• http://www.facebook.com/nccpr Richard

    In the course of following child welfare over 35 years, first as a reporter now as an advocate, I’ve read a fair amount of advice from professionals on what to do in situations like this. So far no one has suggested lording ones white middle class smug superiority over someone who probably has a vastly tougher life than you do, and generally abusing the abuser (and yes, if your description is accurate, this mother was abusing her children).

    The reason your approach generally isn’t favored is obvious from the results both times you’ve tried it. You made yourself feel better and got two self-righteous columns out of it, but the children are no better off. What do you think happened as soon as this mother was out of your sight? Do you think she calmed down, thought it over and decided: “Gee, that white guy was right. If only I’d gotten his name so I could have thanked him”?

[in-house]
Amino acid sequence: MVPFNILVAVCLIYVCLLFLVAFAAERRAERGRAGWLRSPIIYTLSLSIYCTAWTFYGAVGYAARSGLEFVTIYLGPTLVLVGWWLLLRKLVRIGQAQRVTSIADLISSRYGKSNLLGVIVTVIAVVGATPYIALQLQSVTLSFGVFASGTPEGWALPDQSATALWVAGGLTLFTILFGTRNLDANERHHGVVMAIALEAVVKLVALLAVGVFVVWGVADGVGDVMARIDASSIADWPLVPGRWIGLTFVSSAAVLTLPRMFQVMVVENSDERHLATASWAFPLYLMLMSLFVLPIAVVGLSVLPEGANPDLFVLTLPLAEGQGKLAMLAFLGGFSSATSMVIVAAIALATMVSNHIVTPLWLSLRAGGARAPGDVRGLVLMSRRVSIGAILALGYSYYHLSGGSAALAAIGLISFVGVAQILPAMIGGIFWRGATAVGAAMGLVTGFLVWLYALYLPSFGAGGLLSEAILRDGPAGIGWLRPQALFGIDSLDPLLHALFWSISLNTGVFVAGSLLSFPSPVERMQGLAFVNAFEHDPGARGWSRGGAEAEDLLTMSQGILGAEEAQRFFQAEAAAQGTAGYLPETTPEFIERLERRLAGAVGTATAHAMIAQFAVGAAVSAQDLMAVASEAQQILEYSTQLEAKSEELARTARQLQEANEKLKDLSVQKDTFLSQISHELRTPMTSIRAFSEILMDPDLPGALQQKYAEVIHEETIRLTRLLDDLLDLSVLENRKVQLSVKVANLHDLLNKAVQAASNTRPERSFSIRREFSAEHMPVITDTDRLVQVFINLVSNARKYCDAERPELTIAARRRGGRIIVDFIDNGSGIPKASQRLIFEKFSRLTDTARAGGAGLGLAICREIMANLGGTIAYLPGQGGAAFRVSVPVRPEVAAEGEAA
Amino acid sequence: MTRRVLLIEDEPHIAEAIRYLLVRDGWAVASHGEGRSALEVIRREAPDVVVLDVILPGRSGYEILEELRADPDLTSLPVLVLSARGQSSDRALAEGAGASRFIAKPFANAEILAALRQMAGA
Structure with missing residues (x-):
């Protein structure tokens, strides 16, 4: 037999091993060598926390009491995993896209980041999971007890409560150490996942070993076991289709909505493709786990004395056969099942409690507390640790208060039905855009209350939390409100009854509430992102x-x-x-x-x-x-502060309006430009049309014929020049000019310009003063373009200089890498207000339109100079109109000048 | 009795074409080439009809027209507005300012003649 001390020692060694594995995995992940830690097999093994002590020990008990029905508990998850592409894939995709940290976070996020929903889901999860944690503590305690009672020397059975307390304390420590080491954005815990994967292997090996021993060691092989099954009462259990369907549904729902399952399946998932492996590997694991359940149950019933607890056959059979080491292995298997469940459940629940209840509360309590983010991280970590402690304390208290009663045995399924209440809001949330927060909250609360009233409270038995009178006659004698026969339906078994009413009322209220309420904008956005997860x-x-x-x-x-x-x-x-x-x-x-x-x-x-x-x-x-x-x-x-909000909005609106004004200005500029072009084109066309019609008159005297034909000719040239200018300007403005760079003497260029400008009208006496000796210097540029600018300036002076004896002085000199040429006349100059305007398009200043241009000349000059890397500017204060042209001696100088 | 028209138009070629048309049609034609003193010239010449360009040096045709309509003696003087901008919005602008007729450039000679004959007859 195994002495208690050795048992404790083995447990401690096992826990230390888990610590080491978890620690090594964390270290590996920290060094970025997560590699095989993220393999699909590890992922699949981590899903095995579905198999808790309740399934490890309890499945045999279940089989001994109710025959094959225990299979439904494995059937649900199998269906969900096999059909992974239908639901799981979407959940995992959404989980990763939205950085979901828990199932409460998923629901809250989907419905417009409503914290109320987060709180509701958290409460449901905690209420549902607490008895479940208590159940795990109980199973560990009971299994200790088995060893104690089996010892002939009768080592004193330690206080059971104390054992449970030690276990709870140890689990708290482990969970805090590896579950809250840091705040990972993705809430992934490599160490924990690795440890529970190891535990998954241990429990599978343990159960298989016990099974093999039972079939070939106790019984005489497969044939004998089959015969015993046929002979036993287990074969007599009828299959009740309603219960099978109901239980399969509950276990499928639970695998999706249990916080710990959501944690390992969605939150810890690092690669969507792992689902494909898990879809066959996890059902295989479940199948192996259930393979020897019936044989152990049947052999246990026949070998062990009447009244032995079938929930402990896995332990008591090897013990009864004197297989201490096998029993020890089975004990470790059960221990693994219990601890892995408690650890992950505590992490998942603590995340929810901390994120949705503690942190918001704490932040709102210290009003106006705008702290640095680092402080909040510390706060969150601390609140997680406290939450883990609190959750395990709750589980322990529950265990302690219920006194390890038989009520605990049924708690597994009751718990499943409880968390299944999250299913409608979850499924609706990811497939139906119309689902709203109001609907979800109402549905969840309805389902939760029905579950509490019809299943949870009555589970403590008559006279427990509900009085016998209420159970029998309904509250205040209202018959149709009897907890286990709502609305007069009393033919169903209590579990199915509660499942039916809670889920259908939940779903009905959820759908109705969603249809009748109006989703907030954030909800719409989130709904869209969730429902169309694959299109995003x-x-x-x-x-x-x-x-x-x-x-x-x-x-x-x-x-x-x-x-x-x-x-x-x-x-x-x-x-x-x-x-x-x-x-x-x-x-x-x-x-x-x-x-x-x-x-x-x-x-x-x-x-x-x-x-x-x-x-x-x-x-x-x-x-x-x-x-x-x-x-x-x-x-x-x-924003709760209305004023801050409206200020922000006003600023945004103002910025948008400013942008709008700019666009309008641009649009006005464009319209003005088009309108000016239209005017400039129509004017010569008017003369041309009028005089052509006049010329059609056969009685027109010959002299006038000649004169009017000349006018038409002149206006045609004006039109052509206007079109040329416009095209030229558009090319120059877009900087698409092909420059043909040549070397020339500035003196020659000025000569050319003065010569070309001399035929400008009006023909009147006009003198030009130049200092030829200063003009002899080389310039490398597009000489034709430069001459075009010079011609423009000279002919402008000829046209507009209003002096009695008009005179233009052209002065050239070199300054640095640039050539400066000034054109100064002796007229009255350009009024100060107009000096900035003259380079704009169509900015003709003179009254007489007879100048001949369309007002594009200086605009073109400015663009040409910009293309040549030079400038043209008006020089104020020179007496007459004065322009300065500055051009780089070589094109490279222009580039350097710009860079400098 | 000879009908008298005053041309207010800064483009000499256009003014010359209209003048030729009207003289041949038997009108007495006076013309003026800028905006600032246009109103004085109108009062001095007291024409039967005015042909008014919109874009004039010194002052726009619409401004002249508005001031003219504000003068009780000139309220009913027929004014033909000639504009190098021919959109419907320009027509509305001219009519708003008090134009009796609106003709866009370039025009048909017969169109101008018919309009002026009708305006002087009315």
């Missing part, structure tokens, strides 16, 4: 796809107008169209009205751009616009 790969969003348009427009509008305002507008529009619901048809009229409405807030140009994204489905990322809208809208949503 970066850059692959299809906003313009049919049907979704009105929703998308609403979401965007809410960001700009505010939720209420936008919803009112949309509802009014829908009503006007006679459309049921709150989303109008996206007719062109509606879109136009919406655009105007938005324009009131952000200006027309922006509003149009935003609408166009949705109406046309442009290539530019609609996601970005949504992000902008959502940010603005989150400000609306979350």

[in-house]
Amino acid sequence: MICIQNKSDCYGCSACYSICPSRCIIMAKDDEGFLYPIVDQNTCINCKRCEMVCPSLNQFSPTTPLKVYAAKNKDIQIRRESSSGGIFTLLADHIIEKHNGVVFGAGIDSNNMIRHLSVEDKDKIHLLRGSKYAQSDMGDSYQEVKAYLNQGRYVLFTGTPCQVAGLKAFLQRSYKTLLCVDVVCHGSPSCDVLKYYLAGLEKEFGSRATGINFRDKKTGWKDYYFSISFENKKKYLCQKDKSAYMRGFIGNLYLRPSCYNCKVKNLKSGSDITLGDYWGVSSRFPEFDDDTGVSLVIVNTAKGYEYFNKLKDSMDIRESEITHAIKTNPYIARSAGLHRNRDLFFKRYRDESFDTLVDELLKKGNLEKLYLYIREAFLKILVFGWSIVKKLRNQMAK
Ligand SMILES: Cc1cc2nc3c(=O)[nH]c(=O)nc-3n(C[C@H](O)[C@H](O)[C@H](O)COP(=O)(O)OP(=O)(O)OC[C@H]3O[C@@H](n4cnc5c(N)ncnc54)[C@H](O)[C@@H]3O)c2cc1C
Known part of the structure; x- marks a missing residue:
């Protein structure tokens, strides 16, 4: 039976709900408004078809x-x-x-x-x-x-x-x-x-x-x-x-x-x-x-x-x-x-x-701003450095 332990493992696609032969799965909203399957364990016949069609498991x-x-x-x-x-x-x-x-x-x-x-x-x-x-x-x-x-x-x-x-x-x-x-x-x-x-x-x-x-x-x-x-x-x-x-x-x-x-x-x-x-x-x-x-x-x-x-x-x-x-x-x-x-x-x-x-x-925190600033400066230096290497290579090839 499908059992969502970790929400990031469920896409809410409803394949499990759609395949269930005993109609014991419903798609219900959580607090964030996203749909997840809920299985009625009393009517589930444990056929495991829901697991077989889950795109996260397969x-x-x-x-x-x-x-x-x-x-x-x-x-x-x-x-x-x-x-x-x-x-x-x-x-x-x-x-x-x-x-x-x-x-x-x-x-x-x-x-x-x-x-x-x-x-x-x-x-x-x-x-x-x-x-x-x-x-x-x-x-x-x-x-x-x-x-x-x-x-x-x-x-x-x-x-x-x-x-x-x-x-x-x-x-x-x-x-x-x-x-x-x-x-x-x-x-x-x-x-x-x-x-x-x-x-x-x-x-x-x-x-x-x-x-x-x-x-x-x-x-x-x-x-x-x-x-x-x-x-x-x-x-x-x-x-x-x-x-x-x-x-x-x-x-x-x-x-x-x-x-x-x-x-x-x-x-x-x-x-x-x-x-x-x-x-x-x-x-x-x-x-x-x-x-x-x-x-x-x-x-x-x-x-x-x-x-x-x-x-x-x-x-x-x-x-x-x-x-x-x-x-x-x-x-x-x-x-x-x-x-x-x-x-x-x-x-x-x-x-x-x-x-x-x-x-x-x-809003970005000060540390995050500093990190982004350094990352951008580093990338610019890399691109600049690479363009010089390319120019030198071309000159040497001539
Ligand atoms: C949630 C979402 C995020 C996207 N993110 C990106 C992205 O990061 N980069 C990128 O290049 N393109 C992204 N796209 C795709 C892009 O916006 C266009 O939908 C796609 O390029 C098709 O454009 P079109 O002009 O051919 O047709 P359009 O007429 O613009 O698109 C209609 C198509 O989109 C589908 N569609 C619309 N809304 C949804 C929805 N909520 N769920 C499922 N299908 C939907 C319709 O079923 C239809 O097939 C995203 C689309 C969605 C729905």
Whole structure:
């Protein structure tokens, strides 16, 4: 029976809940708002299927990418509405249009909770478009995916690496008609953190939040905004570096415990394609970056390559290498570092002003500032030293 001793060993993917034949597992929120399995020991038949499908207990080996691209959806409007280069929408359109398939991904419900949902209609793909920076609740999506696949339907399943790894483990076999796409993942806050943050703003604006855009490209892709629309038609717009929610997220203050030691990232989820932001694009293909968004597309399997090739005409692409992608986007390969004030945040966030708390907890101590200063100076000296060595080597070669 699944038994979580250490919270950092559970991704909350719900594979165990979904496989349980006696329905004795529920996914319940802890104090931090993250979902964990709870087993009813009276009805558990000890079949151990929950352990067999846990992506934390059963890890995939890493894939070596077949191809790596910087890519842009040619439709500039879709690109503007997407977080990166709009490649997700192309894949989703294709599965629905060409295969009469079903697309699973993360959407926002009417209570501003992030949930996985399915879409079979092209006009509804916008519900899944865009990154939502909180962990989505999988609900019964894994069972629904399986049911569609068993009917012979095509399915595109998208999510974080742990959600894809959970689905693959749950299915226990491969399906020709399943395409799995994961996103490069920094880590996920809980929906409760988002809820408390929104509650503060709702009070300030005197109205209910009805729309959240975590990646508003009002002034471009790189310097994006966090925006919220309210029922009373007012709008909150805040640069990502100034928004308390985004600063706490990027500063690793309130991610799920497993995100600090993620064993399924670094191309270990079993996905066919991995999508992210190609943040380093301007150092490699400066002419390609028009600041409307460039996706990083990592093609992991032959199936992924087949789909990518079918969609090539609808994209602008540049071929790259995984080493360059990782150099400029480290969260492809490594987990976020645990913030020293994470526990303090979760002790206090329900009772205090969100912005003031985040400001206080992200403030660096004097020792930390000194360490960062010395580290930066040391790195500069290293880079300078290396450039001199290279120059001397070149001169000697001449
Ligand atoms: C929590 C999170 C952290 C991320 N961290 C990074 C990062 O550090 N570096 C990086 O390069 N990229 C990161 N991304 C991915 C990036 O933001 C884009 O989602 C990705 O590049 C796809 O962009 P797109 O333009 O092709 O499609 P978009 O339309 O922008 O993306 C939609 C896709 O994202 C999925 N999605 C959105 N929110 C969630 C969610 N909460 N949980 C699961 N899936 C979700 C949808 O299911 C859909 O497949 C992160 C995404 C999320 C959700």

If you really wanted to help the children, you could have tried kindness. You could have expressed some sympathy for a mother trying to cope with her small children (whether you meant it or not) and offered to hold the little girl, who kept sliding off her mother’s lap, until she got to her stop, or you got to yours.

    What would you have to lose? At worst, mom still have spat in your face and called you names. At which point you could have done what you really wanted and threatened her. At best, she would have calmed down and her children would have been better off.

    And unless you can cite studies showing that a trolley full of white people of the same income level would have responded differently, then your column was racist as well.